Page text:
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Rotavirus Burden, Genetic Diversity and Impact of Vaccine in Children under Five in Tanzania

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Food and Microbiology Laboratory, Tanzania Bureau of Standards, Ubungo Area, Morogoro Road/Sam Nujoma Road, P.O. Box 9524, Dar es Salaam, Tanzania
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Southern African Centre for Infectious Disease Surveillance (SACIDS), Africa Centre of Excellence for Infectious Diseases of Humans and Animals in Eastern and Southern Africa (ACE), Sokoine University of Agriculture (SUA), P.O. Box 3297, Chuo Kikuu, SUA, Morogoro, Tanzania
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Department of Animal, Aquaculture and Range Sciences, College of Agriculture, Sokoine University of Agriculture, P.O. Box 3004, Morogoro, Tanzania
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Department of Veterinary Medicine and Public Health, College of Veterinary Medicine and Biomedical Sciences, Sokoine University of Agriculture, P.O. Box 3021, Morogoro, Tanzania
*
Author to whom correspondence should be addressed.
Pathogens 2019, 8(4), 210; https://doi.org/10.3390/pathogens8040210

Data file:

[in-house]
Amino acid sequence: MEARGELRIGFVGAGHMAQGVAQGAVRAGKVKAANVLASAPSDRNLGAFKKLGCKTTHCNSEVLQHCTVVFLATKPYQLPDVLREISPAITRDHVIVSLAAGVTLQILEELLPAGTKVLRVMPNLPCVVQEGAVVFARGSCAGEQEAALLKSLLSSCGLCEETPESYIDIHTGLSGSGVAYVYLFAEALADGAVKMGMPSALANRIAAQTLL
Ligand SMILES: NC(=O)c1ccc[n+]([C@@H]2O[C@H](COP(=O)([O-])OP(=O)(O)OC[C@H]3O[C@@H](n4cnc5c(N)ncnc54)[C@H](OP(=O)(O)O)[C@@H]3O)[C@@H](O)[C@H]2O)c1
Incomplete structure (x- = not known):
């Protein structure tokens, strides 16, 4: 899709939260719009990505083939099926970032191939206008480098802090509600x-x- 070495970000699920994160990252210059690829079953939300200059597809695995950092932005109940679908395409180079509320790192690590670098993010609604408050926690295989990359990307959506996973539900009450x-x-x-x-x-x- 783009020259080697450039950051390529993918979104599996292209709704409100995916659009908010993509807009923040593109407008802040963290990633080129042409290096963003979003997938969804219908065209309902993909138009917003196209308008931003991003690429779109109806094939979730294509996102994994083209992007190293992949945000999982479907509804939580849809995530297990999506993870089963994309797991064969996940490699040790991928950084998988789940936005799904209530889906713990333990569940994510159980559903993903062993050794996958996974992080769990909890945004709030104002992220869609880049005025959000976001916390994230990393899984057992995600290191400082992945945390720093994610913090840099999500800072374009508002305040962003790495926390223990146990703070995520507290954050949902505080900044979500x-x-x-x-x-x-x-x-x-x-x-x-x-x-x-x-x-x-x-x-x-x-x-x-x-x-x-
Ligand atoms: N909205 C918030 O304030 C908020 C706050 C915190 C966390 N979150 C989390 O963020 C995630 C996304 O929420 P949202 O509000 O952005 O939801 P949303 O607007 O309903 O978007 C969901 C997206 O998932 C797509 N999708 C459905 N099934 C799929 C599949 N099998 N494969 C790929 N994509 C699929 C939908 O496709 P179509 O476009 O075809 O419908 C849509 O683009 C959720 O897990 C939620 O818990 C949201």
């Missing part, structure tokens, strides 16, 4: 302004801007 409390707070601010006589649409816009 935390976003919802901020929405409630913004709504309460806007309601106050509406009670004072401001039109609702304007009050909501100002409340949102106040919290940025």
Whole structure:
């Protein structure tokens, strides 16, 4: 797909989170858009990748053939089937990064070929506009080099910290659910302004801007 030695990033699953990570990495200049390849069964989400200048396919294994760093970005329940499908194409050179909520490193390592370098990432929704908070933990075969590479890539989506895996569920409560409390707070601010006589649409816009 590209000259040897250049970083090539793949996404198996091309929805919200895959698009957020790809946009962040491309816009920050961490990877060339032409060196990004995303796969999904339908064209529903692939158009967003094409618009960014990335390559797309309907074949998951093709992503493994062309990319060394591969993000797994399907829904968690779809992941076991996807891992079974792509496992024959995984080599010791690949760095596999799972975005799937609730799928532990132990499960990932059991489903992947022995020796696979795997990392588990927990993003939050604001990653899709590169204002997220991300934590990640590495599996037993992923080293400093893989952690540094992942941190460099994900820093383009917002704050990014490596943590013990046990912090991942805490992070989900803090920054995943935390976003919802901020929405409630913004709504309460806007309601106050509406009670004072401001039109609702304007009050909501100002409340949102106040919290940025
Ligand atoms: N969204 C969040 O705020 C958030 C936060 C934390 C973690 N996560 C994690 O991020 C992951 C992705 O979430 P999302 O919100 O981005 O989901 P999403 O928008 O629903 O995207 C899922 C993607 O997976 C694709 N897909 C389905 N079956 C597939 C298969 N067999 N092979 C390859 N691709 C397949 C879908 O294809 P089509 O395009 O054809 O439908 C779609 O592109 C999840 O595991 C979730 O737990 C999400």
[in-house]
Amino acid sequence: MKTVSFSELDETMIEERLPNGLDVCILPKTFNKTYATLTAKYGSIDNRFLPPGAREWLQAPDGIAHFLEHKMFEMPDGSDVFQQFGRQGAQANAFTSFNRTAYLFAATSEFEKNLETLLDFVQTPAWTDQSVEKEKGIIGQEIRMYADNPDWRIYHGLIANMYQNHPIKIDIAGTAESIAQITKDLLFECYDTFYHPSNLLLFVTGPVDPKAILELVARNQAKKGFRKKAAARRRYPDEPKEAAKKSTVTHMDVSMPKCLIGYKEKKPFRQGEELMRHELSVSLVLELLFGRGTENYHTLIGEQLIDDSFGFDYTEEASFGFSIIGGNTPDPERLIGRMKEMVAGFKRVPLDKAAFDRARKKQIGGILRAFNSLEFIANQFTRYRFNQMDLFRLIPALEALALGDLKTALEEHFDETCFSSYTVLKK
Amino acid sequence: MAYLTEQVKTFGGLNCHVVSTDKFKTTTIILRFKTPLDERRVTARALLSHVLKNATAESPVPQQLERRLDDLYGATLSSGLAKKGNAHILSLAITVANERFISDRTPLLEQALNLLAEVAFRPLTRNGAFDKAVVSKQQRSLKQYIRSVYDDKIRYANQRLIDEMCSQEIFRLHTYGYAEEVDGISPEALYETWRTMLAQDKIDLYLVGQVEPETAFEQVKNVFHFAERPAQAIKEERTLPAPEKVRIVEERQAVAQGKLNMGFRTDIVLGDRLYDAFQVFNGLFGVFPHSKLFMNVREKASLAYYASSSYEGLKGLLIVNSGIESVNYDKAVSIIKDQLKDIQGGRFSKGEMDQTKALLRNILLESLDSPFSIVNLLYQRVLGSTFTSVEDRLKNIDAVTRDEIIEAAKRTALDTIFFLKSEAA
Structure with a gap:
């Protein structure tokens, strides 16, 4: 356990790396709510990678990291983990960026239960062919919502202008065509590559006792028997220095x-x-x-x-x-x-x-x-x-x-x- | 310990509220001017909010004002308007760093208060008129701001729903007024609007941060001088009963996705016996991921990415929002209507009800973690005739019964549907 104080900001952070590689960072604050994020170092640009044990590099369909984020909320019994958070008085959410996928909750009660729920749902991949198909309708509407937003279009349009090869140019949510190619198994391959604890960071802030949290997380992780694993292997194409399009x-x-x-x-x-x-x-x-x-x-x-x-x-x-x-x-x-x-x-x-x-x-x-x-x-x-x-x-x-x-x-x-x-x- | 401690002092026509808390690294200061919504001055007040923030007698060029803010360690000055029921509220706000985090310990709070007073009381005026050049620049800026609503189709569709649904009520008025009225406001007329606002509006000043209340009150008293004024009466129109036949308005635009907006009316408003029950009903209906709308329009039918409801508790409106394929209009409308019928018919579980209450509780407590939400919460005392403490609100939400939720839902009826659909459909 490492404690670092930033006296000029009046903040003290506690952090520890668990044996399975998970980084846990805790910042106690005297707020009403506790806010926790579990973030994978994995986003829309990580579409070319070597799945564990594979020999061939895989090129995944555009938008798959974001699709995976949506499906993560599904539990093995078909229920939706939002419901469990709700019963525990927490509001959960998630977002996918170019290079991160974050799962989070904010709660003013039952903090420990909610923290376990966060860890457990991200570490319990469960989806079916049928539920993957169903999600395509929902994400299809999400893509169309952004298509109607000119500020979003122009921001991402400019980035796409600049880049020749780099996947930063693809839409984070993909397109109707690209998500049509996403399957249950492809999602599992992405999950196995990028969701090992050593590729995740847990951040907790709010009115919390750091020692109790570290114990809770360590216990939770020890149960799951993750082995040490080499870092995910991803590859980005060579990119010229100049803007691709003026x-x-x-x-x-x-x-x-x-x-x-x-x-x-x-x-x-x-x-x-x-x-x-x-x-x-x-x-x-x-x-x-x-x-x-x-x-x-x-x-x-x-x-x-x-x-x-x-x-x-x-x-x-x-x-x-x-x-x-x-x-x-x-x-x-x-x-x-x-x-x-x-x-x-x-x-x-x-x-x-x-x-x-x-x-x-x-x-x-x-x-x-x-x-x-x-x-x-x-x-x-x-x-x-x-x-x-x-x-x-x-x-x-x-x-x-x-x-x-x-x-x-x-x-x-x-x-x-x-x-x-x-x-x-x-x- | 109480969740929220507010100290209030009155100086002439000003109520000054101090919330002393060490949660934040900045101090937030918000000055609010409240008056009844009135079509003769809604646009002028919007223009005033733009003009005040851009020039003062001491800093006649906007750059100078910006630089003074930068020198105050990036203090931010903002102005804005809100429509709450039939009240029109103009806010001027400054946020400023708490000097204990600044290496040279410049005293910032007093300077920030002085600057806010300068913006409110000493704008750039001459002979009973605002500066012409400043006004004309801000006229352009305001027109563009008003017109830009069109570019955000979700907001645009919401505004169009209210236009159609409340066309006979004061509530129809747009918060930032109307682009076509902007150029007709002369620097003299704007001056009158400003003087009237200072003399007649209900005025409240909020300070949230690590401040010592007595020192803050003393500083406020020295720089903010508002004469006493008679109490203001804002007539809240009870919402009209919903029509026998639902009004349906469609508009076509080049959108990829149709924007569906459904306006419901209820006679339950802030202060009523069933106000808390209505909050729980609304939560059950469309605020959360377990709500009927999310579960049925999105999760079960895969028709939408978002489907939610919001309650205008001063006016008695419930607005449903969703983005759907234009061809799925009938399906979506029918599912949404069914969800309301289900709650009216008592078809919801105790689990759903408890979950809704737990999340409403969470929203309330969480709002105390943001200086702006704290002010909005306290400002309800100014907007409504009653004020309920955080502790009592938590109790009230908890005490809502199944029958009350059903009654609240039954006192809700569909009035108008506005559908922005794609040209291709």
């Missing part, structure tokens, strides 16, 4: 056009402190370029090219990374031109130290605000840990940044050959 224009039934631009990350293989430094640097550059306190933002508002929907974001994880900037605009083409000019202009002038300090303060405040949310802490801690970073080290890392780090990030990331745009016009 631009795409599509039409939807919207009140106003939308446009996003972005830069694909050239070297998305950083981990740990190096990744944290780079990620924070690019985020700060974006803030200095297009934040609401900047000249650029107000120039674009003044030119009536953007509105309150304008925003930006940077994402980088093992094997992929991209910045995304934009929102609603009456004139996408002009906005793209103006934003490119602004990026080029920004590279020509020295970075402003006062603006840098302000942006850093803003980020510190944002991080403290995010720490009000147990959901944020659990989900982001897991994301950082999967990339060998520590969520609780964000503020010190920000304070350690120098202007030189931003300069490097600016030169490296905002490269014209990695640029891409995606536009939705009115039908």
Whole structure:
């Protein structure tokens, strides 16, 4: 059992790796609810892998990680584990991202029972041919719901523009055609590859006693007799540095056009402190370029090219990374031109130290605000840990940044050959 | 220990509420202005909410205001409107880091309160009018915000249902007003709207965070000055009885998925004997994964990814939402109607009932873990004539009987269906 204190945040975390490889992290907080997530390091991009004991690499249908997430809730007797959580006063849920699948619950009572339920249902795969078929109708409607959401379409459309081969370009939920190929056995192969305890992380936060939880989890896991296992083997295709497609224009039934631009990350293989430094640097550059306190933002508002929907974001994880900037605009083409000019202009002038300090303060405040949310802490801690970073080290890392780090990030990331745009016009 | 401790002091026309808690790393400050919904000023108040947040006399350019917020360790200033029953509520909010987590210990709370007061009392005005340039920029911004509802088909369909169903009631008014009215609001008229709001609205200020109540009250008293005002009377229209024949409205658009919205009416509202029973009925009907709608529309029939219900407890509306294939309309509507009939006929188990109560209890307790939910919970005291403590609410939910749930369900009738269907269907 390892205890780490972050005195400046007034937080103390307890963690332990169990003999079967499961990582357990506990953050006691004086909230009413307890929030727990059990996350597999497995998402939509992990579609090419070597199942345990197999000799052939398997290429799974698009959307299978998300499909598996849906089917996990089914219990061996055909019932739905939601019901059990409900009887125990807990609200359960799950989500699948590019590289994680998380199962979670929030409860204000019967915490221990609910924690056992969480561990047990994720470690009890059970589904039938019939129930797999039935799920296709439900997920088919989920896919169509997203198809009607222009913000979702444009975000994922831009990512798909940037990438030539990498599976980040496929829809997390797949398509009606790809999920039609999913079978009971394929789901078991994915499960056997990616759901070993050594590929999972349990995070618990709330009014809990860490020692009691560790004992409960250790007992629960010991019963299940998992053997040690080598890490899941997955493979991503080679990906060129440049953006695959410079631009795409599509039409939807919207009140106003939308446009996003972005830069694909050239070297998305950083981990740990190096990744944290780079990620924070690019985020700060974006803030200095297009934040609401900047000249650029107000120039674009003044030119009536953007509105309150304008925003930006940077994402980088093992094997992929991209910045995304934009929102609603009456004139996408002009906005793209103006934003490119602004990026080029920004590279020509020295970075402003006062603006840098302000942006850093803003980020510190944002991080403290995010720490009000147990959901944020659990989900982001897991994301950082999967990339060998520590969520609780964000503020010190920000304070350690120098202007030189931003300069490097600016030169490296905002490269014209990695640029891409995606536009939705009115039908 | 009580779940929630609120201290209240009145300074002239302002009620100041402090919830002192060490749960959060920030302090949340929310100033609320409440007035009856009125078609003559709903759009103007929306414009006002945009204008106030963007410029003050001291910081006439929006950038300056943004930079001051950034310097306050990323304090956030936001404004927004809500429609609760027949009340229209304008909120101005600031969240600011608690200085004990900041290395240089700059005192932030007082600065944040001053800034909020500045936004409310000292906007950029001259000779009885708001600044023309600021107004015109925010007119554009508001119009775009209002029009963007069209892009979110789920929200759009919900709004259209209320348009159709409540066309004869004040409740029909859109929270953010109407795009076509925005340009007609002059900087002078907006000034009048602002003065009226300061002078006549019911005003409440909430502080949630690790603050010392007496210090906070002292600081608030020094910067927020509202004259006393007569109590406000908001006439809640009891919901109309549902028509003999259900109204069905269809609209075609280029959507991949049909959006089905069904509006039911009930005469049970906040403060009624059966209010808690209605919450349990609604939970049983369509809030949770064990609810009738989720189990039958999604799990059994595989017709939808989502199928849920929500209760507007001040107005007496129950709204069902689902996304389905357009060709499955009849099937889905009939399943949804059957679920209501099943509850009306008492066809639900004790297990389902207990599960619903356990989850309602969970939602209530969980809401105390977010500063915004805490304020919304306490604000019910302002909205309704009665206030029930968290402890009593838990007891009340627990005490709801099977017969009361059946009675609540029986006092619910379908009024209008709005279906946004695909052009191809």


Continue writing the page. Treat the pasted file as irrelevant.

Received: 11 August 2019 / Revised: 27 September 2019 / Accepted: 7 October 2019 / Published: 29 October 2019
In Tanzania, rotavirus infections are responsible for 72% of diarrhea deaths in children under five. The Rotarix vaccine was introduced in early 2013 to mitigate rotavirus infections. Understanding the disease burden and virus genotype trends over time is important for assessing the impact of rotavirus vaccine in Tanzania. When assessing the data for this review, we found that deaths of children under five declined after vaccine introduction, from 8171/11,391 (72% of diarrhea deaths) in 2008 to 2552/7087 (36% of diarrhea deaths) in 2013. Prior to vaccination, the prevalence of rotavirus infections in children under five was 18.1–43.4%, 9.8–51%, and 29–41% in Dar es Salaam, Mwanza and Tanga, respectively, and after the introduction of vaccines, these percentages declined to 17.4–23.5%, 16–19%, and 10–29%, respectively. Rotaviruses in Tanzania are highly diverse, and include genotypes of animal origin in children under five. Of the genotypes, 10%, 28%, and 7% of the strains are untypable in Dar es Salaam, Tanga, and Zanzibar, respectively. Mixed rotavirus genotype infection accounts for 31%, 29%, and 12% of genotypes in Mwanza, Tanga and Zanzibar, respectively. The vaccine effectiveness ranges between 53% and 75% in Mwanza, Manyara and Zanzibar. Rotavirus vaccination has successfully reduced the rotavirus burden in Tanzania; however, further studies are needed to better understand the relationship between the wildtype strain and the vaccine strain as well as the zoonotic potential of rotavirus in the post-vaccine era. View Full-Text
Keywords: rotavirus; genetic diversity; diarrhoea; vaccine effectiveness; Tanzania rotavirus; genetic diversity; diarrhoea; vaccine effectiveness; Tanzania
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MDPI and ACS Style

Malakalinga, J.J.; Misinzo, G.; Msalya, G.M.; Kazwala, R.R. Rotavirus Burden, Genetic Diversity and Impact of Vaccine in Children under Five in Tanzania. Pathogens 2019, 8, 210.

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